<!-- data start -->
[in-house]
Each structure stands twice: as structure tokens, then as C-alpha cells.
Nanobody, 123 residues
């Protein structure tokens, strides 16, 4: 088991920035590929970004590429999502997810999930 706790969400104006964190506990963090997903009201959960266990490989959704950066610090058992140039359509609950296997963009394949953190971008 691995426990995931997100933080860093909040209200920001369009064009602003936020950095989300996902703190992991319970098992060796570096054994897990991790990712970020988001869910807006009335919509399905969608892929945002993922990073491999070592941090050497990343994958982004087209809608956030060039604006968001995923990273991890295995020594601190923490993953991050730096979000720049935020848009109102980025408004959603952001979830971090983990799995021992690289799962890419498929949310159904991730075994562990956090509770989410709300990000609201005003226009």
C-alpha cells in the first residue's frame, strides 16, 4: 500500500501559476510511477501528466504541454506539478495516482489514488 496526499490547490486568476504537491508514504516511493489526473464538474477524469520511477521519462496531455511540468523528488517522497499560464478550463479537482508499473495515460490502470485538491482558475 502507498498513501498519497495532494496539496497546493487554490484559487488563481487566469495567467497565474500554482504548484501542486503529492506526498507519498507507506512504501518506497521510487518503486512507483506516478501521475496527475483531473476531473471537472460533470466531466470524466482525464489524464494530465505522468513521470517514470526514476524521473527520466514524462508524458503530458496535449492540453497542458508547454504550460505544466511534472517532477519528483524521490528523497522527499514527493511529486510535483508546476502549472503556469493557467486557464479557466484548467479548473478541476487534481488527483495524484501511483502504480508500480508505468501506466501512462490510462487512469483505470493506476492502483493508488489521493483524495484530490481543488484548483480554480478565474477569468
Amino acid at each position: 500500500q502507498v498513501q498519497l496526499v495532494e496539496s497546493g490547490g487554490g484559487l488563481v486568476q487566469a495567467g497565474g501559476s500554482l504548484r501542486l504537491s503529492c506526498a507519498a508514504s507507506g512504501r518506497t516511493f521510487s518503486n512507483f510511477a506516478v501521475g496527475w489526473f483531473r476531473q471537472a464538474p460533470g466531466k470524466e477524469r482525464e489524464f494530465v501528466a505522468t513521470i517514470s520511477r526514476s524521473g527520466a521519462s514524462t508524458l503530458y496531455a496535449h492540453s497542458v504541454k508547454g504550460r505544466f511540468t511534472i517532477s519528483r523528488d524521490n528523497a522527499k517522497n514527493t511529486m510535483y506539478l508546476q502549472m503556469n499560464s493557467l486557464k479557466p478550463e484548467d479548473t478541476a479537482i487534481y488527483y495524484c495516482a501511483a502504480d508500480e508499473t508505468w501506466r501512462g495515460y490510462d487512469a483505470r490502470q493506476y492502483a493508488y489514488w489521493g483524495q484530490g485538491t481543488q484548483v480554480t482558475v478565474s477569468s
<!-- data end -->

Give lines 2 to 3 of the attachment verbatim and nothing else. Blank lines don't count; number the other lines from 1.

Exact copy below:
Each structure stands twice: as structure tokens, then as C-alpha cells.
Nanobody, 123 residues